Julian Beever

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Julian Beever
Julian Beever.JPG
Julian Beever in 2011
Nationality English
Known for Anamorphic trompe-l'œil chalk drawings on pavement

Julian Beever (born c. 1959) is a British sidewalk chalk artist[1] who has been creating trompe-l'œil chalk drawings on pavement surfaces since the mid-1990s. He uses a projection technique called anamorphosis to create the illusion of three dimensions when viewed from the correct angle. He preserves his work in photographs, often positioning a person within the image as if they were interacting with the scene.

Biography[edit]

A promotional chalk drawing (2007)

Beever grew up in Melton Mowbray, Leicestershire, near the geographical centre of England.[2]:9 His talent in drawing had emerged by the time he was 5 years old; he never liked school, except for his art classes.[2]:9

At the age of 16, he chose to study art, design, and psychology (as a last-minute substitute for English). He continued to excel in art, found design to be tedious, and discovered new insights into visual perception, depth perception, and the eye and brain in his psychology studies.[2]:9 After a gap year working as a laborer and carpet-layer's assistant, Beever enrolled in a Foundation Art course at Leicester Polytechnic, where he enjoyed experimenting with a variety of modern art forms.[2]:10

He started a three-year course of study for a BA in Fine Arts at Leeds Polytechnic, but found the larger school and its self-consciously avant-garde atmosphere alienating and unsympathetic.[2]:10 When placed on academic probation, Beever decided to focus on traditional techniques, developing meticulous skills in portraying water surfaces.[2]:10 He later has said that in three years of college, he learned little that could not have acquired on his own, but he did pick up skills in pastel crayons that would become key to his later career.[2]:10

A chance encounter at the 1983 Stonehenge Free Festival with a juggler inspired Beever to take up the skill a few months before his graduation. Overcoming his introversion and shyness, he learned from other jugglers how to flourish as a street performer.[2]:11 He then decided to combine performance with his artistic skills by building and operating a portable "Punch and Judy" puppet theater, but eventually found the repetitious performances to be boring.[2]:11 He observed street artists at work, and realised that he could use his strengths in drawing, and tour freely carrying only a box of sidewalk chalk instead of a bulky booth and puppets. He had always wanted to travel, and found that he could finance overseas trips by working as a freelance pavement artist.[2]:12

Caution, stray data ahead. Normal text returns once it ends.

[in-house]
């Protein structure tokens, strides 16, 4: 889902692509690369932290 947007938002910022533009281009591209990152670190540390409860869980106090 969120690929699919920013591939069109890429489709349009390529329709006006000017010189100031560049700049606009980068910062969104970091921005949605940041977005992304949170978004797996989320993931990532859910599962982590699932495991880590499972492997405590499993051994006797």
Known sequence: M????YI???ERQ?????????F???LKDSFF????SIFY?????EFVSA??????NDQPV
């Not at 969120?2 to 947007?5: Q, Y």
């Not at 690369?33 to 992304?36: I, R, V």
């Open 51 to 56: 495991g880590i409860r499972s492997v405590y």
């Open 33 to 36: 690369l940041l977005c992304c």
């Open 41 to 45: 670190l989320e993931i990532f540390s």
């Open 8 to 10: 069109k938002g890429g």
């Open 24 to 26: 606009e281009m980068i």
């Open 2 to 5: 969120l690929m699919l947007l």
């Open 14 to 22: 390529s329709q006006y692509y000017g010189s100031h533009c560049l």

Beever learned how to pick locations and images that would earn him good tips from delighted onlookers. He found a favorite spot in Brussels, Belgium, where he did crowd-pleasing renditions of the Mona Lisa, the Belgian royal family, and the famous Manneken Pis statue. It was there that he made his artistic breakthrough with Swimming pool in the high street, his first major anamorphic work.[2]:8,13

Artwork[edit]

Beever at work in Union Square, Manhattan (2007)

Beever begins by sketching his concepts on paper. Once the image is finalised, a camera is placed at the intended location from which the artwork is expected to be viewed. From this time onwards, Beever evaluates his work in progress only through the fixed lens of his camera.[2]:14 He observes the classic rules of perspective, occasionally placing a short piece of rope in the scene to evaluate the curve of a line.[2]:14[3]

He carefully selects suitable surfaces to hold his art. He has written: "Good quality pastels used on a good cement or stone surface can give an effect second to none – better than on paper".[2]:12

Once the artwork is completed, Beever takes multiple photographs to document and preserve his work, often posing himself or other people within the scene to reinforce the visual effect.[2] When he plans to use a wide-angle lens to take a picture from a closer distance, his drawing must be carefully predistorted to compensate for the lens distortion.[2]:34

Beever works internationally as a freelance artist, creating commissioned murals for companies and institutions, and producing hundreds of works across Europe, the US, and Australia.[2][4]

Besides his pavement art, Beever also paints murals with acrylic paints and replicas of the works of masters and oil paintings, and creates collages.[citation needed] Among his other work are drawings, usually themed around music.[citation needed]

In 2010, Beever released Pavement Chalk Artist, a book which includes photographs of many of his works from around the world.[2]

See also[edit]

References[edit]

  1. ^ Kelbie, Paul (31 August 2006). "'Pavement Picasso' dazzles pedestrians with 3D masterpieces". The Independent. Retrieved 2014-01-19. 
  2. ^ a b c d e f g h i j k l m n o p q r Beever, Julian (2012). Pavement chalk artist : the three-dimensional drawings of Julian Beever (2nd ed.). Richmond Hill, Ont.: Firefly Books. ISBN 978-1-77085-159-7. 
  3. ^ Admin. "Julian Beever Interview-A Moment with the Pavement Picasso". Retrieved 6 November 2012. 
  4. ^ Loat, Sarah (3 February 2006). "Pavement Picasso". Where I Live Birmingham (Visual Arts). BBC. Retrieved 2014-01-19. 

External links[edit]